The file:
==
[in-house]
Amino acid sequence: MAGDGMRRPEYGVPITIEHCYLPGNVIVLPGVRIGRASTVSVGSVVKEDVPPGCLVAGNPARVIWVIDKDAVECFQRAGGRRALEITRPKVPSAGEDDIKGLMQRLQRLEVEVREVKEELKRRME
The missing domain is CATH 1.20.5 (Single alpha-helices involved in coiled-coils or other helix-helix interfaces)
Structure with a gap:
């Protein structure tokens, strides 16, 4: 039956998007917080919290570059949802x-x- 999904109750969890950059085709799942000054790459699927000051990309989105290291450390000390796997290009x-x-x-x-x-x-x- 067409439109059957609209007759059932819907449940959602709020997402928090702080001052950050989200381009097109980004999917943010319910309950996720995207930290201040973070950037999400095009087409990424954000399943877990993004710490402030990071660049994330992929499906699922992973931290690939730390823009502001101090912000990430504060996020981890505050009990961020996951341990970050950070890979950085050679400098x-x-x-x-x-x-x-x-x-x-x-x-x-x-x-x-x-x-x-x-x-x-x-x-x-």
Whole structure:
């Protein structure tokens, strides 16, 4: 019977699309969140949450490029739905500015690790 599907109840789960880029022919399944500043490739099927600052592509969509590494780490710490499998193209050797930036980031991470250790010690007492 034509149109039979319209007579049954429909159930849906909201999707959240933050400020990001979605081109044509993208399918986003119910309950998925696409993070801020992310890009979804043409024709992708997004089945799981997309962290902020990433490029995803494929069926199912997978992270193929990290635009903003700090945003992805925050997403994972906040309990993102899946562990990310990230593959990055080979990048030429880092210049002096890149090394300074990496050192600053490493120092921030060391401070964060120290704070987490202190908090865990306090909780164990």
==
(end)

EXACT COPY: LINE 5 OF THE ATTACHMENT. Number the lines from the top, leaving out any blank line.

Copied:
């Protein structure tokens, strides 16, 4: 039956998007917080919290570059949802x-x- 999904109750969890950059085709799942000054790459699927000051990309989105290291450390000390796997290009x-x-x-x-x-x-x- 067409439109059957609209007759059932819907449940959602709020997402928090702080001052950050989200381009097109980004999917943010319910309950996720995207930290201040973070950037999400095009087409990424954000399943877990993004710490402030990071660049994330992929499906699922992973931290690939730390823009502001101090912000990430504060996020981890505050009990961020996951341990970050950070890979950085050679400098x-x-x-x-x-x-x-x-x-x-x-x-x-x-x-x-x-x-x-x-x-x-x-x-x-």